Michael Mirolla's poetic world is one where a mirror - or any simple reflective item - is tilted ever so slightly, providing an opening to places we would never have imagined existed. (One of them is his own birth, from the inside, looking reluctantly out.) The poet is a metaphysical detective, finding the cracks and gashes that open into other worlds. Uncomfortable in the here and now, he would rather spend time in the past/future, or on the edge of that mirror. Luckily for us, shaped by his reflective, polished imagery, all those worlds are fascinating places to visit, doing a brief meet-and-greet with his myriad ghosts.
About the author
Born in Italy, and arriving in Canada at the age of five, Michael Mirolla calls himself a Montreal-Toronto corridor writer (because he spends so much time travelling between the two cities). He’s a novelist, short story writer, poet and playwright. Publications include two novels, the recently-released The Facility, and Berlin (a 2010 Bressani Prize winner and finalist for the 2009 Indie Book and National Best Books Awards); two short story collections—The Formal Logic of Emotion (recently translated into Italian and released in 2010) and Hothouse Loves & Other Tales; and two poetry collections: the English-Italian Interstellar Distances/Distanze Interstellari (2008), and Light and Time (2010), His short story, “A Theory of Discontinuous Existence,” was selected for The Journey Prize Anthology, while another short story, “The Sand Flea,” was nominated for the Pushcart Prize. His short fiction and poetry has been published in numerous journals in Canada, the U.S. and Britain, including anthologies such as Event’s Peace & War, Telling Differences: New English Fiction from Quebec, Tesseracts 2: Canadian Science Fiction, the Anthology of Italian-Canadian Writing (Guernica), New Wave of Speculative Fiction Book 1, and The Best of Foliate Oak.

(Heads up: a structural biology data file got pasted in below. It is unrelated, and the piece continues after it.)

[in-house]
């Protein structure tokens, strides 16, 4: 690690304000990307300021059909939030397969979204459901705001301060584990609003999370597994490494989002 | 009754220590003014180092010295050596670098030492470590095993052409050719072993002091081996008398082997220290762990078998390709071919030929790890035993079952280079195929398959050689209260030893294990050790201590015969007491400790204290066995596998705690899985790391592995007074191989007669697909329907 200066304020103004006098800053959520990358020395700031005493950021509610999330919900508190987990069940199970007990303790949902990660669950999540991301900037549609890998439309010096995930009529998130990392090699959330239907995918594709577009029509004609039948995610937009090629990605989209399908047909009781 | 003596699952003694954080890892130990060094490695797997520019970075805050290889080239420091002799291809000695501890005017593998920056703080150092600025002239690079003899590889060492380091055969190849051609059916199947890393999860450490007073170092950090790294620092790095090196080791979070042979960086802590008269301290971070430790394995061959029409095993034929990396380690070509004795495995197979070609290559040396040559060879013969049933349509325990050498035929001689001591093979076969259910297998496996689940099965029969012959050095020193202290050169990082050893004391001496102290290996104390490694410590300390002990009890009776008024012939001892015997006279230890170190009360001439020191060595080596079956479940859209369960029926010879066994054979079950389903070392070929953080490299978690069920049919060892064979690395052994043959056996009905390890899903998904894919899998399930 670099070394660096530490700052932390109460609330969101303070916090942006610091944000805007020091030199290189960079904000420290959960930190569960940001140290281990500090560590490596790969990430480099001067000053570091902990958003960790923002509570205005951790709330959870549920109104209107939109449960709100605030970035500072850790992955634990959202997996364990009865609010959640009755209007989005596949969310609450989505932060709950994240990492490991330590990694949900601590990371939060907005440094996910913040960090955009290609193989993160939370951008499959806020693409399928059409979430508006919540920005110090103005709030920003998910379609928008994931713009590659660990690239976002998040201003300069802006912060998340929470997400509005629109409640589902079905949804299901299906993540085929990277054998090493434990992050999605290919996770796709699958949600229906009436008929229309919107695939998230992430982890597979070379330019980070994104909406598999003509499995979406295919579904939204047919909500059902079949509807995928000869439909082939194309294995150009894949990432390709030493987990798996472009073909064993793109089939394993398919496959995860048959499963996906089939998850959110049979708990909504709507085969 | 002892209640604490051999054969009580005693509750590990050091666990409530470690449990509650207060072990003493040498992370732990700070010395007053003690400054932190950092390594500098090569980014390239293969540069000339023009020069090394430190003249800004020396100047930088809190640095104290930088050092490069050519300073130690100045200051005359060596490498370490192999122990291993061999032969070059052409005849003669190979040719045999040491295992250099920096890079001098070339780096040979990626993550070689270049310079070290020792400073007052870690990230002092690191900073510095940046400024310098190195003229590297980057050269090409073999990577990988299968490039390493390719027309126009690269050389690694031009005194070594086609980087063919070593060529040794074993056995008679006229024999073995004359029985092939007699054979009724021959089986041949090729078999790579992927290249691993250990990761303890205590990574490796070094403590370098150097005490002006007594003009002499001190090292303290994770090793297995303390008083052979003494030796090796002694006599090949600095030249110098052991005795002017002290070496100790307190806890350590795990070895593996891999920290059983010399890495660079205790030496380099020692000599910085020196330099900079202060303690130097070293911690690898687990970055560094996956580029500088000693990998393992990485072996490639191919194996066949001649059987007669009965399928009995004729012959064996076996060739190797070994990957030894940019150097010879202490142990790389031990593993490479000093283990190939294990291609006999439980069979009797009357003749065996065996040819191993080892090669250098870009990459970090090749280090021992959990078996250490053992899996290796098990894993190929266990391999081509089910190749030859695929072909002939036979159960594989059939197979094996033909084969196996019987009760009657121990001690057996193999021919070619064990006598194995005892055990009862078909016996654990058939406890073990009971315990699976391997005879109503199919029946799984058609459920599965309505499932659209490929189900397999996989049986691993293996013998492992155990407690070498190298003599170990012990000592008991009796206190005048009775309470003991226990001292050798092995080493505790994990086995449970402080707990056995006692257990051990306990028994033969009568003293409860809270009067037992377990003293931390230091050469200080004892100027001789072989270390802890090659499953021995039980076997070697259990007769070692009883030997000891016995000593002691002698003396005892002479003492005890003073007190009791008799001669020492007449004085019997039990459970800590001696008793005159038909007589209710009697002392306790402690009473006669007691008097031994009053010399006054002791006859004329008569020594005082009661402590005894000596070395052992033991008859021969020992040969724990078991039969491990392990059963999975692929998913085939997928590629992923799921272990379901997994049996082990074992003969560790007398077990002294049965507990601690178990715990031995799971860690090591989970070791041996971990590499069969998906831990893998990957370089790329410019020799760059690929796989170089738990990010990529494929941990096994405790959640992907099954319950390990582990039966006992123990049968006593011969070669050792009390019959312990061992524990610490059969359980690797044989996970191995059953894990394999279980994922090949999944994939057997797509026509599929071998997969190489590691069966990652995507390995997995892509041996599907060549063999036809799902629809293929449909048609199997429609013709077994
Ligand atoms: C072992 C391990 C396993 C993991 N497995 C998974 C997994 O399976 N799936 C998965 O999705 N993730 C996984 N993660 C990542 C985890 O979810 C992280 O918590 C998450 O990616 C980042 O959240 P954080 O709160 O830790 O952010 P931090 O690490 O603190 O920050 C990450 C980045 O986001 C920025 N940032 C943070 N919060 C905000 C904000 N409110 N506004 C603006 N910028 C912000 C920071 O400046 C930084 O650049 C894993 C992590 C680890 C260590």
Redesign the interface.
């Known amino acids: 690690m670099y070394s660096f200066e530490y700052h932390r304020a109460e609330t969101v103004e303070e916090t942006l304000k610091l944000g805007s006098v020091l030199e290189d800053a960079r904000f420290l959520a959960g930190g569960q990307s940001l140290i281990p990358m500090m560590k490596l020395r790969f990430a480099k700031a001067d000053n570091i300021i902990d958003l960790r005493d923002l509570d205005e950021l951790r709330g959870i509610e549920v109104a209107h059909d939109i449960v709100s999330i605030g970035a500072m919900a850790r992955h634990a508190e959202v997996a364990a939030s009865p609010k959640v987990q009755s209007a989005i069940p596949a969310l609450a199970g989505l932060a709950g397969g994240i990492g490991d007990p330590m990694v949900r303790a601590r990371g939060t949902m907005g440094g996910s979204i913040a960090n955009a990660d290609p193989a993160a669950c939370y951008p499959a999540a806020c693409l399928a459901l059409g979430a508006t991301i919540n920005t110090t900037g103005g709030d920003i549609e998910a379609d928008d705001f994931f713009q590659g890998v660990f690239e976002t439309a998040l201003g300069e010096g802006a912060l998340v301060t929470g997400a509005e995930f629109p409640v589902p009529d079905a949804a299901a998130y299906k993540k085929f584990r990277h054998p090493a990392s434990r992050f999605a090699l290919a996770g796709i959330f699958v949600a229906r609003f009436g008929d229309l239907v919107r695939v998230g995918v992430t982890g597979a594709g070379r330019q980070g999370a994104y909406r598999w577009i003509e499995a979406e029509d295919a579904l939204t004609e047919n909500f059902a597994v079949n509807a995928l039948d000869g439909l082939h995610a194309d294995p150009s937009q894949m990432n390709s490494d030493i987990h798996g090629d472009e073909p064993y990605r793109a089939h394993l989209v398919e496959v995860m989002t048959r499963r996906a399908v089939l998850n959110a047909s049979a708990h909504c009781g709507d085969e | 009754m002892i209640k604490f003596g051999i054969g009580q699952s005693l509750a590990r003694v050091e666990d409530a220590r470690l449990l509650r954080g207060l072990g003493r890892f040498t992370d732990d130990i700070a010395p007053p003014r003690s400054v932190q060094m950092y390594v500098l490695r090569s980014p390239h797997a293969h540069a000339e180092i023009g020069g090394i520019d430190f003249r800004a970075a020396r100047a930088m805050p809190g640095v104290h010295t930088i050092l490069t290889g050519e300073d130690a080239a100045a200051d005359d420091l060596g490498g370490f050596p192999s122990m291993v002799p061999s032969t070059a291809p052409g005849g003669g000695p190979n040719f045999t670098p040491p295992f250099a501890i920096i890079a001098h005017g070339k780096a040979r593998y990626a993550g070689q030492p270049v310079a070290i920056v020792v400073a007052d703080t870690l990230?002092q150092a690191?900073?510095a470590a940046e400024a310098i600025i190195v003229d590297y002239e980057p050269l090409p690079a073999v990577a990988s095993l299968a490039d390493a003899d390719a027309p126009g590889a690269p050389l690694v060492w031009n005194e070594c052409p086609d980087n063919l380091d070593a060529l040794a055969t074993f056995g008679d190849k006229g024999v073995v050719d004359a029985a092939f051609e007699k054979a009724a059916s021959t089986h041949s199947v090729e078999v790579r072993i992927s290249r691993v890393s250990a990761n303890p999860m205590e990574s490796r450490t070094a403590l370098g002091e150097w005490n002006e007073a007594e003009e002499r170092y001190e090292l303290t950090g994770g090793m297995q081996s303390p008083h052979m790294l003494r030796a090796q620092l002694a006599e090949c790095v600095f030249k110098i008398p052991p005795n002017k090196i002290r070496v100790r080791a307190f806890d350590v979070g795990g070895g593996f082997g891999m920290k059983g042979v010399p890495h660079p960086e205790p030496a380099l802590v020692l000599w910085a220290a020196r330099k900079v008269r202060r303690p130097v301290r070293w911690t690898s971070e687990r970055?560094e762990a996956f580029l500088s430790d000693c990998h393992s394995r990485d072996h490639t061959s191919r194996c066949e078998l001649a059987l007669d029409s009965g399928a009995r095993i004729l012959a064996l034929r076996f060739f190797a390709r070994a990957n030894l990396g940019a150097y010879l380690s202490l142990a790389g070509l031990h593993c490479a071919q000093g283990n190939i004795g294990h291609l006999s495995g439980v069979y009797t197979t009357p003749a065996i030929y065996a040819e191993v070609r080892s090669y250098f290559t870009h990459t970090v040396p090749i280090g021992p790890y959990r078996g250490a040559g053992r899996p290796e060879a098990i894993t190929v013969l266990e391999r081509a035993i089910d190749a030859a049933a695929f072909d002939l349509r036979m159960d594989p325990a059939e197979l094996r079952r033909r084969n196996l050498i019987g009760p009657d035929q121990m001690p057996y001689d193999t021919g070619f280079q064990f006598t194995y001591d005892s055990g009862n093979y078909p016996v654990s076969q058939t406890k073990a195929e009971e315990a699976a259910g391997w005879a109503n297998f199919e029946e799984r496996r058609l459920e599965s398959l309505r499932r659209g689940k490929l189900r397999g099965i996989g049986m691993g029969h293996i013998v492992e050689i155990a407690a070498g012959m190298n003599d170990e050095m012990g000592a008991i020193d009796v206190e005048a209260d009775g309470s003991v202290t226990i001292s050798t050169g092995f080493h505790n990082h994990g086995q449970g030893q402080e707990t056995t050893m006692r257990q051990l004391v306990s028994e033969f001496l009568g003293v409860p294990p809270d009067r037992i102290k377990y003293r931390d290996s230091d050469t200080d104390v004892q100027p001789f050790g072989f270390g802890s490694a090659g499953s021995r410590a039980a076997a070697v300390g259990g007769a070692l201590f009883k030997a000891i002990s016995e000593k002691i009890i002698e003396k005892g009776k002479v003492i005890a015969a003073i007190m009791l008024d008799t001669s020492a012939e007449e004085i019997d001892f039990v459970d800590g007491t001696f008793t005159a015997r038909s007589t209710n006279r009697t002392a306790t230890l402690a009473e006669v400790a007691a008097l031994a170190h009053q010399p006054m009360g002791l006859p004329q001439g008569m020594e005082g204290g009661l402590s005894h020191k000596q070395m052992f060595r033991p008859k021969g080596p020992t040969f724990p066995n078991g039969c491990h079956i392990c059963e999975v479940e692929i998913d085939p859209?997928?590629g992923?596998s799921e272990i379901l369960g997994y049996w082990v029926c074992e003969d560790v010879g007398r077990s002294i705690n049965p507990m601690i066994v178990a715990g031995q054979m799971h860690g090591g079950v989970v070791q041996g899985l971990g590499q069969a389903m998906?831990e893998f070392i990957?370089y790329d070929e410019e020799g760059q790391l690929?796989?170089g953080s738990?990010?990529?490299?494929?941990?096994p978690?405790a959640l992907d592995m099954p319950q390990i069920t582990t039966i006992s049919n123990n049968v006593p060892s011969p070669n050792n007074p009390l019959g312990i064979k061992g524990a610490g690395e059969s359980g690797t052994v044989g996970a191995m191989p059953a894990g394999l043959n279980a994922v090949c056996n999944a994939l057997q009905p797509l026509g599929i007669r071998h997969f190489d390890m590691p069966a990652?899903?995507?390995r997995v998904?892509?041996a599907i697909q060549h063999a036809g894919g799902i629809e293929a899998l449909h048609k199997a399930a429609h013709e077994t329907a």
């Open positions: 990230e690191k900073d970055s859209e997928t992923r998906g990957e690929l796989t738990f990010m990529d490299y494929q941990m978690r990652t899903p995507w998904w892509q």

Michael Mirolla looks into his art as into a language prism: light glances off many sides of the 'object' at once and time, particularly time, is what attempts to hold it still. They seem to work as artistic principles, informing and revelatory: the condition and product of the work itself. But as time lets go, the poem is left not just as a brilliantly light-refracted piece; it is also, in Stevens's parlance, that always perennially interesting 'world [that lives as you live/Speaks as you speak", the demystified thing as it is. We are not left with just a lovely inscrutable artifact but an image, as Bachelard says, that 'opens a future to language' -- Conrad DiDiodato